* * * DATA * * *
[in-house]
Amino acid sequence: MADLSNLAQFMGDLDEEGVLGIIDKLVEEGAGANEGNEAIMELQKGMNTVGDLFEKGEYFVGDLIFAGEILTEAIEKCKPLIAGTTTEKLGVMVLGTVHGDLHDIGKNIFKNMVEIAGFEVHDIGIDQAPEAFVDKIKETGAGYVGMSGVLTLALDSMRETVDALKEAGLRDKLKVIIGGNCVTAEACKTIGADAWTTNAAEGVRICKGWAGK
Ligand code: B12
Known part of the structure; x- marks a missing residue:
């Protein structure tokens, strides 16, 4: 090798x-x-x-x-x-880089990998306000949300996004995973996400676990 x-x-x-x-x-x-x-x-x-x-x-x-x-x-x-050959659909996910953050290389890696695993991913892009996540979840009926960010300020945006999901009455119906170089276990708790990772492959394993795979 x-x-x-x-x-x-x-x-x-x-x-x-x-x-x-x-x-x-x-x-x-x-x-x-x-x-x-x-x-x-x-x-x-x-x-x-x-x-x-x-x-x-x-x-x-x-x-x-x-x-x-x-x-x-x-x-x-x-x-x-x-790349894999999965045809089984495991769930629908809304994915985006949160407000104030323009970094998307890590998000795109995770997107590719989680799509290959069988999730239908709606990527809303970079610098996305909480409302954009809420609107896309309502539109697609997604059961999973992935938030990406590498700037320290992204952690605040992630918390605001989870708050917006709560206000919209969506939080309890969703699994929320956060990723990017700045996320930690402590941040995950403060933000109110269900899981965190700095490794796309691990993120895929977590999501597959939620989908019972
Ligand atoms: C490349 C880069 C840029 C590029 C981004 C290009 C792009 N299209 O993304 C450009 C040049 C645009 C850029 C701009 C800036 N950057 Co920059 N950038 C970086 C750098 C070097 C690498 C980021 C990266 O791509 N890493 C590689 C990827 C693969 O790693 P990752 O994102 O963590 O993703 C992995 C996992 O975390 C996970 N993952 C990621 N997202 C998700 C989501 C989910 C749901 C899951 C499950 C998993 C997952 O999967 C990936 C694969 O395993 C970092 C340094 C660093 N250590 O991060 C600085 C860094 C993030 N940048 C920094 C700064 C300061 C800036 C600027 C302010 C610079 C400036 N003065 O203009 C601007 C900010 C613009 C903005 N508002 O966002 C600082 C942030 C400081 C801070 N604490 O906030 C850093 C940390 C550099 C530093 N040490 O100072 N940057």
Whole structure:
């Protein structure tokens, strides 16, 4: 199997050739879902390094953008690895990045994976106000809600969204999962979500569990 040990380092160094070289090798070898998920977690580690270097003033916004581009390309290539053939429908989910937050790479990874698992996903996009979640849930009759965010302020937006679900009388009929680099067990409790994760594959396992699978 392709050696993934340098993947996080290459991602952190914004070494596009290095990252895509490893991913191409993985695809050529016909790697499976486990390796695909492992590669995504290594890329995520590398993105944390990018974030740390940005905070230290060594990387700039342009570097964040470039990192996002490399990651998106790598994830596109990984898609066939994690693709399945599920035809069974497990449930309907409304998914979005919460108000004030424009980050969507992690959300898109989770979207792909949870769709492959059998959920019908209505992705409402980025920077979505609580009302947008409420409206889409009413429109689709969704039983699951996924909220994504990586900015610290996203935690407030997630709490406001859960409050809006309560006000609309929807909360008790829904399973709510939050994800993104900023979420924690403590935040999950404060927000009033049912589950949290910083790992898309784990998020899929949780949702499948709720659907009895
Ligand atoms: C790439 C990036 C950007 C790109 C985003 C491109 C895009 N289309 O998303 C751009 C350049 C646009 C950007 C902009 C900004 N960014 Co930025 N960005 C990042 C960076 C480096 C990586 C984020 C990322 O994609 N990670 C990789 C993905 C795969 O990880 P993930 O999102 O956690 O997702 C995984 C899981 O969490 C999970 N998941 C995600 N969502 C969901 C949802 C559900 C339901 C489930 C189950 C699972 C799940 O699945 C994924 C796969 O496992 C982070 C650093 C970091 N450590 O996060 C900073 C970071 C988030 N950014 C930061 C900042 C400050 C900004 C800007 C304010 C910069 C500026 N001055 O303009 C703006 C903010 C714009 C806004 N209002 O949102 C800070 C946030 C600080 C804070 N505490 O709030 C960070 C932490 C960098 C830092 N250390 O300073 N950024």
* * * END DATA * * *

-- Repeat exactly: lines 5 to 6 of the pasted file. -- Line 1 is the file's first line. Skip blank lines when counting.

């Protein structure tokens, strides 16, 4: 090798x-x-x-x-x-880089990998306000949300996004995973996400676990 x-x-x-x-x-x-x-x-x-x-x-x-x-x-x-050959659909996910953050290389890696695993991913892009996540979840009926960010300020945006999901009455119906170089276990708790990772492959394993795979 x-x-x-x-x-x-x-x-x-x-x-x-x-x-x-x-x-x-x-x-x-x-x-x-x-x-x-x-x-x-x-x-x-x-x-x-x-x-x-x-x-x-x-x-x-x-x-x-x-x-x-x-x-x-x-x-x-x-x-x-x-790349894999999965045809089984495991769930629908809304994915985006949160407000104030323009970094998307890590998000795109995770997107590719989680799509290959069988999730239908709606990527809303970079610098996305909480409302954009809420609107896309309502539109697609997604059961999973992935938030990406590498700037320290992204952690605040992630918390605001989870708050917006709560206000919209969506939080309890969703699994929320956060990723990017700045996320930690402590941040995950403060933000109110269900899981965190700095490794796309691990993120895929977590999501597959939620989908019972
Ligand atoms: C490349 C880069 C840029 C590029 C981004 C290009 C792009 N299209 O993304 C450009 C040049 C645009 C850029 C701009 C800036 N950057 Co920059 N950038 C970086 C750098 C070097 C690498 C980021 C990266 O791509 N890493 C590689 C990827 C693969 O790693 P990752 O994102 O963590 O993703 C992995 C996992 O975390 C996970 N993952 C990621 N997202 C998700 C989501 C989910 C749901 C899951 C499950 C998993 C997952 O999967 C990936 C694969 O395993 C970092 C340094 C660093 N250590 O991060 C600085 C860094 C993030 N940048 C920094 C700064 C300061 C800036 C600027 C302010 C610079 C400036 N003065 O203009 C601007 C900010 C613009 C903005 N508002 O966002 C600082 C942030 C400081 C801070 N604490 O906030 C850093 C940390 C550099 C530093 N040490 O100072 N940057």